The Israeli-Lebanese crisis, and the broader Middle East conflict are garnering an increasing amount of public and political attention in BiH. Government statements and media reports are generally factual and correct, but some local public figures have begun to manipulate the Israel-Lebanon crisis for domestic political gain.
Media reaction in some quarters has become increasingly critical of the United States and the international community. On July 29, a local youth-based humanitarian organization will hold an anti-war demonstration, which police expect to be peaceful and attract in the range of 100 people.
The Ministry of Foreign Affairs (MFA) released a press statement calling for an immediate ceasefire and urging international intervention to prevent further suffering and casualties among the civilian Lebanese population. It went on to say that BiH condemns all forms of terrorism and extremism.
The MFA urged a return to negotiations for a lasting peace in the Middle East that would ensure the continued existence of the state of Israel, while also granting Palestinians their own state and restoring stability to Lebanon.
On July 27, the BiH House of Peoples (HoP) adopted a resolution proposed by the Bosniak Caucus urging the international community and the UN Security Council to take necessary measures to secure an all-encompassing and just peace in the Middle East. The resolution also urged the UN to provide humanitarian aid to unspecified “unsafe areas” and called on BiH authorities, NGOs and citizens to participate in collecting aid.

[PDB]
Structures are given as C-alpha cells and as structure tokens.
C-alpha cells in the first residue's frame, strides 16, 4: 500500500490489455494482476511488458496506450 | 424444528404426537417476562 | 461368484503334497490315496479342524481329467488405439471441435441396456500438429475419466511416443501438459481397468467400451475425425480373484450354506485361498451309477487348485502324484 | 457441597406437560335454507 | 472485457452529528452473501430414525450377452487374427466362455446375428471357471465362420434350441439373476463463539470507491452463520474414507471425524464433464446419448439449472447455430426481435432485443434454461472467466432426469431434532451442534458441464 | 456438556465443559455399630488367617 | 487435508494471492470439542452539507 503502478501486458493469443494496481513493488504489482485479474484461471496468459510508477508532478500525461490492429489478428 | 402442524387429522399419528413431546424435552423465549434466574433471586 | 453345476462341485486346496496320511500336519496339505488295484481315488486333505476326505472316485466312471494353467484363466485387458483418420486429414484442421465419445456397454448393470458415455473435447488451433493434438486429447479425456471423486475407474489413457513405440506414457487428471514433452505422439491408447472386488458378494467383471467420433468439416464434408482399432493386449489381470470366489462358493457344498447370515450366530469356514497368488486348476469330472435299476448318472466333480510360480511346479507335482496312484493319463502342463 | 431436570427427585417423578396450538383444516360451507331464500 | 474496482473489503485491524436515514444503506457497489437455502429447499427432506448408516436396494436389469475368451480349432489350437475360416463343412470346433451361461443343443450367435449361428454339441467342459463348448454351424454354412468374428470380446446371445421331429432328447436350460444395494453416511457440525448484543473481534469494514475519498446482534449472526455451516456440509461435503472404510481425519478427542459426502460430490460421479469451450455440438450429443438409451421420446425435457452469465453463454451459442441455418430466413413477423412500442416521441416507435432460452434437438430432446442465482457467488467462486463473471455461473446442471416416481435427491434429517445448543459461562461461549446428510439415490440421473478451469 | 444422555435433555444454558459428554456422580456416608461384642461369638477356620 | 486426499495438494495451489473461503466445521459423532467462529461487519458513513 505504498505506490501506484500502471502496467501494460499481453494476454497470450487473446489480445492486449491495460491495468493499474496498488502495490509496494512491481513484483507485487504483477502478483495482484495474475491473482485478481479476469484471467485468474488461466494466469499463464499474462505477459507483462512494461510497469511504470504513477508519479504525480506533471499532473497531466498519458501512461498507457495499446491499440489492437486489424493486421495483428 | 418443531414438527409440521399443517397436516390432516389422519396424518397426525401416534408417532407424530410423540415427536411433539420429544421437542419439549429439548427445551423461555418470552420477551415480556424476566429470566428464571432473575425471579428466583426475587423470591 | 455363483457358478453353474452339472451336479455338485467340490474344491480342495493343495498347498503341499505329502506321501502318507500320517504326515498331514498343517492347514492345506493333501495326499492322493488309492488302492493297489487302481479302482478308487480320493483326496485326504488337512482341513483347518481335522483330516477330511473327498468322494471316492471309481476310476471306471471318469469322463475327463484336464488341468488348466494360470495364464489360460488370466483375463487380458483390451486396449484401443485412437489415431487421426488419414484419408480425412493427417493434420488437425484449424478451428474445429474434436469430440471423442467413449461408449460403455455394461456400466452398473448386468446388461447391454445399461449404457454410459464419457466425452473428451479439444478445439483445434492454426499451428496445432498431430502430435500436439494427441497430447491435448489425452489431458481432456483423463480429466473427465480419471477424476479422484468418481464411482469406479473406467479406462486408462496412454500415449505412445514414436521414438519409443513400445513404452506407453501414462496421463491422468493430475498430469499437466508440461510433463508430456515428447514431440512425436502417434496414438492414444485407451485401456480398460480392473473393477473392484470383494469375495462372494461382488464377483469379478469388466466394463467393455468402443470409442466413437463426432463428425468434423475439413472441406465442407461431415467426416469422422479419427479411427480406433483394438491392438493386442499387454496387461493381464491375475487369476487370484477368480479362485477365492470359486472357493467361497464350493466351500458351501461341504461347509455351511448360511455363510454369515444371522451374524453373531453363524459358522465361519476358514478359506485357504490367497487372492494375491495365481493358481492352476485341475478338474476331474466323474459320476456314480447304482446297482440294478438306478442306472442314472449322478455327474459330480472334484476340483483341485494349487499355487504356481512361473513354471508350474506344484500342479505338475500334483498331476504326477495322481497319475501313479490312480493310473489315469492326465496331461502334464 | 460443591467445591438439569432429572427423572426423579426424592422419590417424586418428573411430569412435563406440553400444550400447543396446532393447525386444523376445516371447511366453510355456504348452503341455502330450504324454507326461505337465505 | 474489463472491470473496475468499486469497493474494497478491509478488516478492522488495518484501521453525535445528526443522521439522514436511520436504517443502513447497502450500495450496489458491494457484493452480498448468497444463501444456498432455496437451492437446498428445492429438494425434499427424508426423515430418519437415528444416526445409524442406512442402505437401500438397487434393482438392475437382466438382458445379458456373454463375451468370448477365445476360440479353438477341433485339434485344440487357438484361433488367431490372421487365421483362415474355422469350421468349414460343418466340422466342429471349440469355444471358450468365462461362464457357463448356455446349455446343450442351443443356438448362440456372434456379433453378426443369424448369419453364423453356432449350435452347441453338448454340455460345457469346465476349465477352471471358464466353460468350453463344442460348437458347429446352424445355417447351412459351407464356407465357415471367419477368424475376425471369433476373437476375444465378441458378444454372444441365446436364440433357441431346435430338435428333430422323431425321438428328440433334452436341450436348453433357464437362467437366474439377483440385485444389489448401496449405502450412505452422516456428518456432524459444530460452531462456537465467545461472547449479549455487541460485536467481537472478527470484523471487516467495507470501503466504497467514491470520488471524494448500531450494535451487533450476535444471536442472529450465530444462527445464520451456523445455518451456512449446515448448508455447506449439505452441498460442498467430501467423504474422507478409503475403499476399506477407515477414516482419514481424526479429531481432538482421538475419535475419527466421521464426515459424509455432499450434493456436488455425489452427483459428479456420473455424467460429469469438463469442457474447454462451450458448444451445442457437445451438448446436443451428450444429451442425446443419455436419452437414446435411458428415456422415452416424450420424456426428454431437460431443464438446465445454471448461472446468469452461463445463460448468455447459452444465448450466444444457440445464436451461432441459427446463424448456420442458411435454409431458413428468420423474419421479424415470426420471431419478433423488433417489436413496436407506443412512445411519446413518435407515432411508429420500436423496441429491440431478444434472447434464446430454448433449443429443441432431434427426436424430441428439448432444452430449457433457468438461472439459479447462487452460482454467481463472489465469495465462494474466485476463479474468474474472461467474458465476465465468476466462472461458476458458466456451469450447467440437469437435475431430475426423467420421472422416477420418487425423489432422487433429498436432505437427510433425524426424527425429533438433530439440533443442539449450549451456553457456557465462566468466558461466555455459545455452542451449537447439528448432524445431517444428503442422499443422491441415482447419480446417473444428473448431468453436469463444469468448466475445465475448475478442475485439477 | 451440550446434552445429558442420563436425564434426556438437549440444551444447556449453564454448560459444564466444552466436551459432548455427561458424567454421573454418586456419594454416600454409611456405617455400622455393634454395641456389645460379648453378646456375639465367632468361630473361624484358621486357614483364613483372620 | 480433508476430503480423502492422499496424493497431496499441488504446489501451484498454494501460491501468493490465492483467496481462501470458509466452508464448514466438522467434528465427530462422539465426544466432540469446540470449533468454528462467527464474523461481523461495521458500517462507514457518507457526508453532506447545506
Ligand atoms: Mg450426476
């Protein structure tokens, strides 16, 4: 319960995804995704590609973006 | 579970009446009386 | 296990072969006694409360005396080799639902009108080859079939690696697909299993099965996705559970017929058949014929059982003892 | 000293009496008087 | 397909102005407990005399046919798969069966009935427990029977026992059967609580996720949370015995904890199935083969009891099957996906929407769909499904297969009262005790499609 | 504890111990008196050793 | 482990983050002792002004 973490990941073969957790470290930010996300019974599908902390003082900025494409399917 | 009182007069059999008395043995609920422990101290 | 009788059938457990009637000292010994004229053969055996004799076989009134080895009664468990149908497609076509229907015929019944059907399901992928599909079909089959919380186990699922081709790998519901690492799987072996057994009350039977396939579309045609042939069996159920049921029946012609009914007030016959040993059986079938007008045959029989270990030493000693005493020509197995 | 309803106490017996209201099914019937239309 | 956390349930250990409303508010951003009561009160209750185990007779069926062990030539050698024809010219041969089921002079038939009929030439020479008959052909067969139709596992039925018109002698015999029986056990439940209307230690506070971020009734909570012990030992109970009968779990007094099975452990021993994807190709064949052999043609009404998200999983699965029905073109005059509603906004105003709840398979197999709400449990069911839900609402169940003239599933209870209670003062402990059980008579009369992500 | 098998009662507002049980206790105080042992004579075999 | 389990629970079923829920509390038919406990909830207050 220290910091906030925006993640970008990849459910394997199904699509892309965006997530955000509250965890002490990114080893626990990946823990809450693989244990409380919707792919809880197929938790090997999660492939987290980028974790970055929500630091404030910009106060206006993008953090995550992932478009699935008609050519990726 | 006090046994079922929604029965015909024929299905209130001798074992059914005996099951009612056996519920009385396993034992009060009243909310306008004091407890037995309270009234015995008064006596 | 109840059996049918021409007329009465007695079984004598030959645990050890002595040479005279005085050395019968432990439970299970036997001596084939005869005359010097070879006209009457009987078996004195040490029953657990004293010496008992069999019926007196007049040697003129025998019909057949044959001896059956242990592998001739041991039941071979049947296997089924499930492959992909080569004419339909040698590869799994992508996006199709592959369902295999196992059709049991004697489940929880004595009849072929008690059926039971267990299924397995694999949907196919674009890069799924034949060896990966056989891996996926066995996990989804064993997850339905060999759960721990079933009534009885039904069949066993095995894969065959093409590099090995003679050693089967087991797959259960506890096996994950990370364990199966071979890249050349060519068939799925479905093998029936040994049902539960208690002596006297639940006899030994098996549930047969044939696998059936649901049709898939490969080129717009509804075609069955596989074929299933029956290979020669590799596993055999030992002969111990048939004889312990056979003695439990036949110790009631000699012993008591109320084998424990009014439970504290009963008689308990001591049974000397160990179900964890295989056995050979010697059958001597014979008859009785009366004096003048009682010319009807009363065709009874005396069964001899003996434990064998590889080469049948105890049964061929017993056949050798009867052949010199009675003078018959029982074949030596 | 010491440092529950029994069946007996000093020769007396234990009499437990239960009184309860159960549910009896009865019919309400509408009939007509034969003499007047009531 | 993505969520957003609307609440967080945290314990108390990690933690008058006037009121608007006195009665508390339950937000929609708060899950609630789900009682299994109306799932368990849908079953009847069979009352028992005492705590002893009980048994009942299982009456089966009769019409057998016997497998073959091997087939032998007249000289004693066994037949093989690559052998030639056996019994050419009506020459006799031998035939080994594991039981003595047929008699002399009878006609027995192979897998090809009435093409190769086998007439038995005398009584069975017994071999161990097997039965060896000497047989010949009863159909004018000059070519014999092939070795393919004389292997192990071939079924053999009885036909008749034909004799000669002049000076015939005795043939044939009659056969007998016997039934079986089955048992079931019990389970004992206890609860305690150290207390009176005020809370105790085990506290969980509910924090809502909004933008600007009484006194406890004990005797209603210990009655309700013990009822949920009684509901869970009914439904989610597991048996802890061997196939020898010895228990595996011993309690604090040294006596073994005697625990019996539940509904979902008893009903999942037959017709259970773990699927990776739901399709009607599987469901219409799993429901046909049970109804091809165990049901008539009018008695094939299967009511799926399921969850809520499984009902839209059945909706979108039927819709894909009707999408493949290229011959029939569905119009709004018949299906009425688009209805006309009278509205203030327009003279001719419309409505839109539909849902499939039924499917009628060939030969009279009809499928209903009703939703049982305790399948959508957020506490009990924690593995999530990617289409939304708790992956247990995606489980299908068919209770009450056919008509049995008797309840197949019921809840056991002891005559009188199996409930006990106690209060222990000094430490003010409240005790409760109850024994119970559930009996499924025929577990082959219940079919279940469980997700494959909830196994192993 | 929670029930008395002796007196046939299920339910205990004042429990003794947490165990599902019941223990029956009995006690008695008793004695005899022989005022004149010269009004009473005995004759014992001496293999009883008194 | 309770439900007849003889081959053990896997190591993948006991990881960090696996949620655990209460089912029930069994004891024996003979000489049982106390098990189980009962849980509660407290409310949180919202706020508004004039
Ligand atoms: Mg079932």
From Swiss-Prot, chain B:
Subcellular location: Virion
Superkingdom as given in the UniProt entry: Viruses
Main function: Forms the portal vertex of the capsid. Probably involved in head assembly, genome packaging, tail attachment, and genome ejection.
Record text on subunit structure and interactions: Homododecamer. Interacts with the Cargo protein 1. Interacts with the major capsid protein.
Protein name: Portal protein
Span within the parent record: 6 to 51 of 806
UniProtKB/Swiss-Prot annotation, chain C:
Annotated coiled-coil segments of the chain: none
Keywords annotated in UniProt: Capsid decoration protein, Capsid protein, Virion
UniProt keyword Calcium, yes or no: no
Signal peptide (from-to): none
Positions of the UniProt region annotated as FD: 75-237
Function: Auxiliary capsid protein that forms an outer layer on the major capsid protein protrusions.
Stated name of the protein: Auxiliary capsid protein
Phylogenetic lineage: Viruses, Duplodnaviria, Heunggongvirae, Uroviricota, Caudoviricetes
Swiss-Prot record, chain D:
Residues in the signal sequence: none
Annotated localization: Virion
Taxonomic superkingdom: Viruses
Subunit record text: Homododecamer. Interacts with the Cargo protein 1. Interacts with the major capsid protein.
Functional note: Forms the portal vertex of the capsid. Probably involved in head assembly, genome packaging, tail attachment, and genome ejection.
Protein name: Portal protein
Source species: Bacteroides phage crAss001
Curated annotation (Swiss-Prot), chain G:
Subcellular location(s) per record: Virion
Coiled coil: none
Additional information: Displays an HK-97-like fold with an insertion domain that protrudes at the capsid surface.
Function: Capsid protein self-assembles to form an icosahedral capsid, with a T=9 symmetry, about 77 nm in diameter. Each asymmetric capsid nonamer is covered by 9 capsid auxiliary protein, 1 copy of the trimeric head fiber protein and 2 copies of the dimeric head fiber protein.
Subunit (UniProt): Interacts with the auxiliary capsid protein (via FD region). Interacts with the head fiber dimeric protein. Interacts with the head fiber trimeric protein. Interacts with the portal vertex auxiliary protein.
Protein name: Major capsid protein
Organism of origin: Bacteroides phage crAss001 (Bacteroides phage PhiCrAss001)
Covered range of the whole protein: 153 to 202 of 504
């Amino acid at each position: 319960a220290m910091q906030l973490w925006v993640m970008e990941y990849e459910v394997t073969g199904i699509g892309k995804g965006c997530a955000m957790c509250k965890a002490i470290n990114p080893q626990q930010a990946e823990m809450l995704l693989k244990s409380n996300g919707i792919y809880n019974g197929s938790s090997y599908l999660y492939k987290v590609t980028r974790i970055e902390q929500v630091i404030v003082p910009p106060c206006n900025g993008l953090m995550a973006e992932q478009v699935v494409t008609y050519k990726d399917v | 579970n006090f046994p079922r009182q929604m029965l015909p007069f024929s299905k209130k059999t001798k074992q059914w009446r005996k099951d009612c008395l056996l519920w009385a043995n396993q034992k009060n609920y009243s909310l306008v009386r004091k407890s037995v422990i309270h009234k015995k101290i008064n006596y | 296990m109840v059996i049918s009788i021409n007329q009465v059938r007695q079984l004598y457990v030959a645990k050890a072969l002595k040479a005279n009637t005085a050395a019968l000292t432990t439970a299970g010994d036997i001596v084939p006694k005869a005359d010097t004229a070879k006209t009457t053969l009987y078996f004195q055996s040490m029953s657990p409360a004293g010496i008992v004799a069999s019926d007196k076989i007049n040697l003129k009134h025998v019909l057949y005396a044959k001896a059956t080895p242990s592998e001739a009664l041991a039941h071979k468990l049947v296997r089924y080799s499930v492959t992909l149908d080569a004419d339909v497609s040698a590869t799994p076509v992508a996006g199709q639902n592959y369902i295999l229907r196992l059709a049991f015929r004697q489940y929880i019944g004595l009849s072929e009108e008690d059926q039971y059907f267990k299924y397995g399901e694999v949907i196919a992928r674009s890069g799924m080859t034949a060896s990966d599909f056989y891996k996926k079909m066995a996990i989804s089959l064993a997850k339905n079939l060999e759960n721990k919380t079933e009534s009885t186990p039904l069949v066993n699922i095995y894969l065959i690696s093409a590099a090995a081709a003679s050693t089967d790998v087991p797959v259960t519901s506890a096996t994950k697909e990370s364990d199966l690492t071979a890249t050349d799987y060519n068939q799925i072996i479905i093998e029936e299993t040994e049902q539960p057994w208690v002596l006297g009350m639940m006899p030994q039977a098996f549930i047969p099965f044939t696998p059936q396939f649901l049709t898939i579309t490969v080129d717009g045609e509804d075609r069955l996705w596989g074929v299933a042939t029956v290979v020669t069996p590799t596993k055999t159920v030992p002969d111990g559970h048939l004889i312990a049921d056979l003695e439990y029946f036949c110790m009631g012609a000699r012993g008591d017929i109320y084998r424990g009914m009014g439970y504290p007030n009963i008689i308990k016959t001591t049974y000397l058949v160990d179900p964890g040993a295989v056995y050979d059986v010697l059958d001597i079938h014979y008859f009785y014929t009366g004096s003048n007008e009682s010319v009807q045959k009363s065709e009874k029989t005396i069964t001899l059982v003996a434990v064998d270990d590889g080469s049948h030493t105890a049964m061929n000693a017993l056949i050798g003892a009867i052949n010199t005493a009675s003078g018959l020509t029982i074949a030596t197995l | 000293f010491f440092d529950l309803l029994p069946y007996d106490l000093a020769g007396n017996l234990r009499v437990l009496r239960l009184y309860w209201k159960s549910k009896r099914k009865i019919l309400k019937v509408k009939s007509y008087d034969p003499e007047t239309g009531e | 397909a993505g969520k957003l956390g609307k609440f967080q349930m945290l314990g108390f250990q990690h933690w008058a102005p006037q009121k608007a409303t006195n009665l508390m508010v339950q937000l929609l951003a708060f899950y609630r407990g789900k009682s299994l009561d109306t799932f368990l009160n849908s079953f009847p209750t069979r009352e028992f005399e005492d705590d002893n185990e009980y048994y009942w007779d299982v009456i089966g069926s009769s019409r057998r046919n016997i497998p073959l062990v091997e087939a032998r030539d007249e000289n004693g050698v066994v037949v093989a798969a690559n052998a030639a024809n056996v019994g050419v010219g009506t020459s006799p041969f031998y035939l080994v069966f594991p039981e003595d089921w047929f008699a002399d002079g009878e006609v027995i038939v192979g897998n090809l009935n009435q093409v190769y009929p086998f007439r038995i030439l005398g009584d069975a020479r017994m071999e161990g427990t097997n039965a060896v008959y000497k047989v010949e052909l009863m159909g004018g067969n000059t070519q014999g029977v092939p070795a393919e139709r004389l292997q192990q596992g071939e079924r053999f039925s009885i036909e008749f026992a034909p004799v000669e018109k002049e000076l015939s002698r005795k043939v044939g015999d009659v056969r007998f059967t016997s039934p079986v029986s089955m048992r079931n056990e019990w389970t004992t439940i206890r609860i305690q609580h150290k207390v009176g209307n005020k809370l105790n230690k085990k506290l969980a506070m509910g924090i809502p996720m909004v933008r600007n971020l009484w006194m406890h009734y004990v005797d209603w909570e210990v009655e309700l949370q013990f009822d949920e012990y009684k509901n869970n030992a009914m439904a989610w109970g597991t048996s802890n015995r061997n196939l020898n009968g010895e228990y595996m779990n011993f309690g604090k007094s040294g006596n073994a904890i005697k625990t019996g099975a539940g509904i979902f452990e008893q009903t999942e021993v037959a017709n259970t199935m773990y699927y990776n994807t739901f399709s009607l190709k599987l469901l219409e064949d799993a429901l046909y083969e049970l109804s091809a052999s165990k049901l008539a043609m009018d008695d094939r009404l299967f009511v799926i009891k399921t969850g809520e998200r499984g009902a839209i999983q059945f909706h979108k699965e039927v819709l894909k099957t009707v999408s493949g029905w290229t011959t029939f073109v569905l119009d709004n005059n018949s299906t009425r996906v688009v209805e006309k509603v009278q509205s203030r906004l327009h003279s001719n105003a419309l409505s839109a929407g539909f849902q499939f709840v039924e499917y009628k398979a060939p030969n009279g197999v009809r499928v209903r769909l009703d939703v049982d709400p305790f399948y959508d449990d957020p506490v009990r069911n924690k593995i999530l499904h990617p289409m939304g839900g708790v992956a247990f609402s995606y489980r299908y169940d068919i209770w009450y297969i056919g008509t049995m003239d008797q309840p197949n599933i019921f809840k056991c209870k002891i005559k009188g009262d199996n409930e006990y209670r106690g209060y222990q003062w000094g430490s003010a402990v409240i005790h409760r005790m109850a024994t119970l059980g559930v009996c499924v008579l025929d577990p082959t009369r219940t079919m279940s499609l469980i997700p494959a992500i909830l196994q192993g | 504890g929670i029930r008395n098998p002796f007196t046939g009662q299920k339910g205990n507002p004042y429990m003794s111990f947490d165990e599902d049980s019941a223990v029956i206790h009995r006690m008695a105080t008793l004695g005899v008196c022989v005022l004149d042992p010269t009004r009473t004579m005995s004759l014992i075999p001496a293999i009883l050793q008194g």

At Friday prayers on July 21, Reis-l-Ulema Mustafa ef. Ceric, leader of the Bosnian Islamic Community, called on the world to stop the war in the Middle East and to prevent the further suffering of innocent civilians in Lebanon, Palestine and Israel. He added, however, his concern that some people have the right to defend themselves by killing innocent civilians while others have no right to even harvest their own land.
(We interpret this as an allusion to Israel and its military might versus that of the Palestinians and Lebanese, and a thinly-veiled message of sympathy for the more extremist Islamic elements within the wider Islamic Community of BiH.)
Reactions to the Middle East conflict also are playing out in local political rhetoric. Hasan Cengic, a member of the extremist wing of President Tihic’s Party of Democratic Action (SDA) and HoP delegate, spoke out against Tihic in the final pre-holiday session of the HoP July 27. Cengic “asked” Tihic nine questions in his speech, most of which centered on the sale of weapons by Bosnia to Iraq.
The attack was a transparent attempt to paint Tihic as “anti-Islamic” for contributing to the continued bloodshed in the Middle East, and by doing so, undermining Tihic’s presidential candidacy and authority within the SDA. Cengic’s outburst is particularly noteworthy as he was one of the most notorious arms smugglers during the Bosnian war, working closely with the Iranians to supply the Bosnian army.